Without Shakira Austin, Maryland women’s basketball prevailed through team-wide effort

Forward Stephanie Jones goes up for a layup during Maryland women's basketball's 70-61 win over Northwestern on Jan. 26, 2020. (Gabby Baniqued/The Diamondback)

As Shakira Austin’s attempts to put weight on her left leg were consistently met with wincing and visible frustration, it became clear Maryland women’s basketball would need to navigate the remaining three quarters of its matchup Sunday with Northwestern without its defensive anchor and tallest player.

With the 6-foot-5 forward sidelined, the already injury-depleted Terps were down to just eight remaining healthy players. And forward Stephanie Jones was the only option capable of playing down low.

Maryland initially struggled to adapt to Austin’s absence, seeing their six-point lead evaporate quickly into the second quarter and prompting coach Brenda Frese to call a timeout. Frese banded her team together out of the break to ignite a payback victory over the Wildcats, in which several players elevated their games at critical junctures.

Four players scored over 13 points. The Terps were a plus-16 on the glass. They shoot 17-of-22. All in all, a far cry from their dismal display in an 81-58 defeat to the Wildcats on Dec. 31.

“We scripted it like that,” Frese said with a grin. “I love that kind of offense because I think you’re really hard to guard … we’re starting to learn that as a team, just all the weapons that we have.”

[Read more: Stephanie Jones’ double-double helps lead Maryland basketball past Northwestern, 70-61]

Jones made the biggest impact in the contest, notching 14 points and a season-high 11 rebounds without her fellow frontcourt starter. Without putback buckets or midrange makes, Northwestern struggled to contain her.

After starting 68 straight games over the previous two years, Jones hasn’t been a constant figure in the starting lineup this season. Still, the senior hasn’t seen any dip in confidence. She’s the team’s most efficient shooter at 56.2 percent and is capable of taking her game to another level when others are struggling.

“I just knew that we had to really pick it up for [Austin],” Jones said. “She does a lot down low, like getting rebounds, scoring, so I knew that me and Kaila, Faith, anybody down low had to pitch-in and step up for her, too.”

[Read more: No. 20 Maryland women’s basketball continues winning streak with 79-60 win over Illinois]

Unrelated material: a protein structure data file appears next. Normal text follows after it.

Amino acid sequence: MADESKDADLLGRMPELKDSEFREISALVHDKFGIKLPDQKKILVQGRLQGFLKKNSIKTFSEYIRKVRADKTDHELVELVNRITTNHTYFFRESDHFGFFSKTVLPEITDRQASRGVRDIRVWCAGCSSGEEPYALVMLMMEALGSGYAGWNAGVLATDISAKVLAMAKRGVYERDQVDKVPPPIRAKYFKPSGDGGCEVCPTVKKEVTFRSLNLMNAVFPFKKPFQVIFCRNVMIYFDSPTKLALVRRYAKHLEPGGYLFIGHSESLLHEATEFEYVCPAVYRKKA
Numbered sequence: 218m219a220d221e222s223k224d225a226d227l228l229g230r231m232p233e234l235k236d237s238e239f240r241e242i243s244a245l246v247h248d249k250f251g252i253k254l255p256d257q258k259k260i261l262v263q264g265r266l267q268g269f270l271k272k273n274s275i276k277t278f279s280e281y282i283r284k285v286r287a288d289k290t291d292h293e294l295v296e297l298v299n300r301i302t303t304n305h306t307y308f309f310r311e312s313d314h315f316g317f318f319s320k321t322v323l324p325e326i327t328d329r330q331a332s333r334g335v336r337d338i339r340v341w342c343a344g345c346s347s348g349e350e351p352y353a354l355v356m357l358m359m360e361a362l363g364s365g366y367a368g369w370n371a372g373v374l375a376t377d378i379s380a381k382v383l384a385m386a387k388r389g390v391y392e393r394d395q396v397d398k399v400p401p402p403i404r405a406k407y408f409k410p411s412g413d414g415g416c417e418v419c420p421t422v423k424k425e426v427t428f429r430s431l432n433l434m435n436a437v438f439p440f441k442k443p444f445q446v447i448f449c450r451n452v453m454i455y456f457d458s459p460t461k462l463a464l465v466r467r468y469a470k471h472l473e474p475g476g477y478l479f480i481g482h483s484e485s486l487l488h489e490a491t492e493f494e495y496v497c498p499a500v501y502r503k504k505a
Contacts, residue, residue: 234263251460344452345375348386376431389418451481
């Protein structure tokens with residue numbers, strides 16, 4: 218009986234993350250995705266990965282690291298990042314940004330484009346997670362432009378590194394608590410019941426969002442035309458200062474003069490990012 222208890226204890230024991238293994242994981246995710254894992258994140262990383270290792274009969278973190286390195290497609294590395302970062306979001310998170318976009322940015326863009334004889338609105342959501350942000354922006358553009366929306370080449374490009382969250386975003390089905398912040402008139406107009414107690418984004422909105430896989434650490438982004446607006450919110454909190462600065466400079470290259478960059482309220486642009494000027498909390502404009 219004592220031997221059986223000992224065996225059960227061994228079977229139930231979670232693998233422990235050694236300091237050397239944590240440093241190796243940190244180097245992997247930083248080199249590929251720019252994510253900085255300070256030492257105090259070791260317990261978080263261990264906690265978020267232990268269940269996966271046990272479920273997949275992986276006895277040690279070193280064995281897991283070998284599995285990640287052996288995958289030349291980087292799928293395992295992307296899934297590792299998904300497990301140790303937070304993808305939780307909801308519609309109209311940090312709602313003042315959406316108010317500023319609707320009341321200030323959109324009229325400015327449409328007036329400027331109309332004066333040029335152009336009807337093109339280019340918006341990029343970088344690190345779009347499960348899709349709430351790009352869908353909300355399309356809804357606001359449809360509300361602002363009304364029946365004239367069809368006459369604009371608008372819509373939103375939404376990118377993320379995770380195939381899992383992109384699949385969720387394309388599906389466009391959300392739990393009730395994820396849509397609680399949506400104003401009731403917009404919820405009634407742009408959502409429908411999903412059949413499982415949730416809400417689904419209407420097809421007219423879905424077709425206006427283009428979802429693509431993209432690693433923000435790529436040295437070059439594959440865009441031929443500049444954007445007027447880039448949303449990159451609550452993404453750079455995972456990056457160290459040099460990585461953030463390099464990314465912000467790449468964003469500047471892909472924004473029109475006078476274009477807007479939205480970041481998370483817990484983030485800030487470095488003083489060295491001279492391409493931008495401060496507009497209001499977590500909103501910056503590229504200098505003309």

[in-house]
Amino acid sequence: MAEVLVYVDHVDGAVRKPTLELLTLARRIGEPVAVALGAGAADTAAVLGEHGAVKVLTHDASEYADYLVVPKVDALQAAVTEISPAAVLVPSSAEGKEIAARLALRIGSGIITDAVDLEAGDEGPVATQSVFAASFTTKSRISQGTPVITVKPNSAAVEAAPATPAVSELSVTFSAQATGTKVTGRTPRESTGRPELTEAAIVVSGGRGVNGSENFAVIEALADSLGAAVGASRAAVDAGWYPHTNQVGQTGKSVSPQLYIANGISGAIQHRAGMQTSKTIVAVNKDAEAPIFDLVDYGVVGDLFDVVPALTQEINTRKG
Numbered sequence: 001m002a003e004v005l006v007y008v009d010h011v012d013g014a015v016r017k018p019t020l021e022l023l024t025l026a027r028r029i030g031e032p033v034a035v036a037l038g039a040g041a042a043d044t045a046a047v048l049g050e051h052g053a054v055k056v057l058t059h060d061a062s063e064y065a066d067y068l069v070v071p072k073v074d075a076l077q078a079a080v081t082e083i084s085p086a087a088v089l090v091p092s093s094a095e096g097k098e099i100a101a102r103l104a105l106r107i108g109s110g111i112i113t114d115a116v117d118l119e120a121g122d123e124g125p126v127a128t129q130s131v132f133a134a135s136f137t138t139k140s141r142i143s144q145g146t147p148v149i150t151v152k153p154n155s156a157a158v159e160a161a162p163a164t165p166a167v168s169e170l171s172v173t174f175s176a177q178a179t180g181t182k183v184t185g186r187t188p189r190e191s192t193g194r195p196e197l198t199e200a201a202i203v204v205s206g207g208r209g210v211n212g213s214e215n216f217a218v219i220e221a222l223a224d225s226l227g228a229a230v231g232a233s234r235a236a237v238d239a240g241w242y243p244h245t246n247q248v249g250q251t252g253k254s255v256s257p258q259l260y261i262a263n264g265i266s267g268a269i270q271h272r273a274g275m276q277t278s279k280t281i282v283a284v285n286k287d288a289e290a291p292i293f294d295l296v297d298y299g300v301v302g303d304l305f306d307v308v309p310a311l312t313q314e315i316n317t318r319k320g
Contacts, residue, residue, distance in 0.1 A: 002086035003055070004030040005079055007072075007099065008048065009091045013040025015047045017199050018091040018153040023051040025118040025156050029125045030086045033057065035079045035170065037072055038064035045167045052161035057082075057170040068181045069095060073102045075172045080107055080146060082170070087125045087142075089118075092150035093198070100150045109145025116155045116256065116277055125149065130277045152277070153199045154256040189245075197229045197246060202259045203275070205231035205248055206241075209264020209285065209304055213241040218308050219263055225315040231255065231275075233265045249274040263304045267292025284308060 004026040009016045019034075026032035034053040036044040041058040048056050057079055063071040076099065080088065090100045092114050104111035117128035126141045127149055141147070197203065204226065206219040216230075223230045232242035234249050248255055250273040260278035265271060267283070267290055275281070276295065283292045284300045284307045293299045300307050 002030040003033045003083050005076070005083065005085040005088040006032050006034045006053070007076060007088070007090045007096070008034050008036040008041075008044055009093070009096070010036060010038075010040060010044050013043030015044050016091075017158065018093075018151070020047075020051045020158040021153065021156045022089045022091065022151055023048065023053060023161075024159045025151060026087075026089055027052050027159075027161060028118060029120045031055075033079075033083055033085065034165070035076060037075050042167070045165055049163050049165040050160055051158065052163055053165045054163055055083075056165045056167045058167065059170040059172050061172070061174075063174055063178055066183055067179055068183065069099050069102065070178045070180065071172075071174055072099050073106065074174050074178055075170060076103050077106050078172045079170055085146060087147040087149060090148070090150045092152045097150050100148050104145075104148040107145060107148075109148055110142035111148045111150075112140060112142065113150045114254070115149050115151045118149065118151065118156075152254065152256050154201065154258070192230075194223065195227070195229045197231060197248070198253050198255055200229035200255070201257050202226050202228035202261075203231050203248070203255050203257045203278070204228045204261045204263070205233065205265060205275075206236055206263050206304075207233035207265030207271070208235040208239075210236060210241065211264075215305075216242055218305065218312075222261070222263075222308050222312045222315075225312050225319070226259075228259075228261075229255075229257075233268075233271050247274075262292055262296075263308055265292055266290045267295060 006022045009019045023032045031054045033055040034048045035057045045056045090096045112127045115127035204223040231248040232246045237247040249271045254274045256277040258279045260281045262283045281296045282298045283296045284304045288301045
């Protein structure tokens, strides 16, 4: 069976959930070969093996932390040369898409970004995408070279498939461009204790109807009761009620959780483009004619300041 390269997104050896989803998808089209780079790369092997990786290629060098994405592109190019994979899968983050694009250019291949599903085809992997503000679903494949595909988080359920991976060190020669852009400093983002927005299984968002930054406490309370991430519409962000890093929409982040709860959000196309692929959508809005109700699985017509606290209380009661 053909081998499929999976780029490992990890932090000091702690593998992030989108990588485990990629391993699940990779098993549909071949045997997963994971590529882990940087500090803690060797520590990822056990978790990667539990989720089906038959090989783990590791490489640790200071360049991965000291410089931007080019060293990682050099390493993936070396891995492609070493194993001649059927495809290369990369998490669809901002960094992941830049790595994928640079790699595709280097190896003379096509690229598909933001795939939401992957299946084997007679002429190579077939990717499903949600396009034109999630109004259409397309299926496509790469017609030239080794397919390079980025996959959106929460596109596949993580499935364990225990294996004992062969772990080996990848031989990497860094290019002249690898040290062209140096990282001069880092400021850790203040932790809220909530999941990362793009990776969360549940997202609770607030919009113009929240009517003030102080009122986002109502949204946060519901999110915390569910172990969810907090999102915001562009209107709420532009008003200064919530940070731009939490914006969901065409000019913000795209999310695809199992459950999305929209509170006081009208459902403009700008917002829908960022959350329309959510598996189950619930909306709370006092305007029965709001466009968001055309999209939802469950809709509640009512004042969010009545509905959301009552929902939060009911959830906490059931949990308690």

With star forward Kaila Charles incapable of finding her shooting stroke, the Terps needed more than just Jones’s efforts to secure the victory.

Various players stepped up alongside Jones. Guard Ashley Owusu scored six of her 13 points in the third quarter while adding three assists in the frame, helping to take control of a game that was in the balance.

And in the fourth, forward Faith Masonius’s energy helped her team balloon its two-point lead to double-digits with a stretch of tough rebounding, smart shot selection and drawn fouls.

With Owusu and Masonius joining Jones with timely performances, the Terps continued a five-game winning streak through their all-around team effort.

“I thought Faith was sensational off the bench. Her timing was right in some of those plays we needed,” Frese said. “I thought she got some of our offense going. Just a high-level player making plays for us.”

Guards Blair Watson and Taylor Mikesell also helped secure the win with momentum-swinging jumpers during the contest. They combined for five triples and made life difficult for Wildcats guards, with Watson’s steal-and-score late in the final frame putting the exclamation point on the victory.

In a game which the Terps could have let slip away during a bad stretch to start the second quarter after Austin injured her ankle, they instead came together to put forth one of their most collective efforts of the season.

And while it’s unclear if Austin will miss time, Maryland believes its depth is what separates it from the pack.

“Since the Iowa game it’s become a player-led team, and you can just feel it every day where they’ve set the bar, the standard that they’ve set in practice,” Frese said. “So they’ve really taken ownership and accountability of their season, and you’re able to see this growth.”

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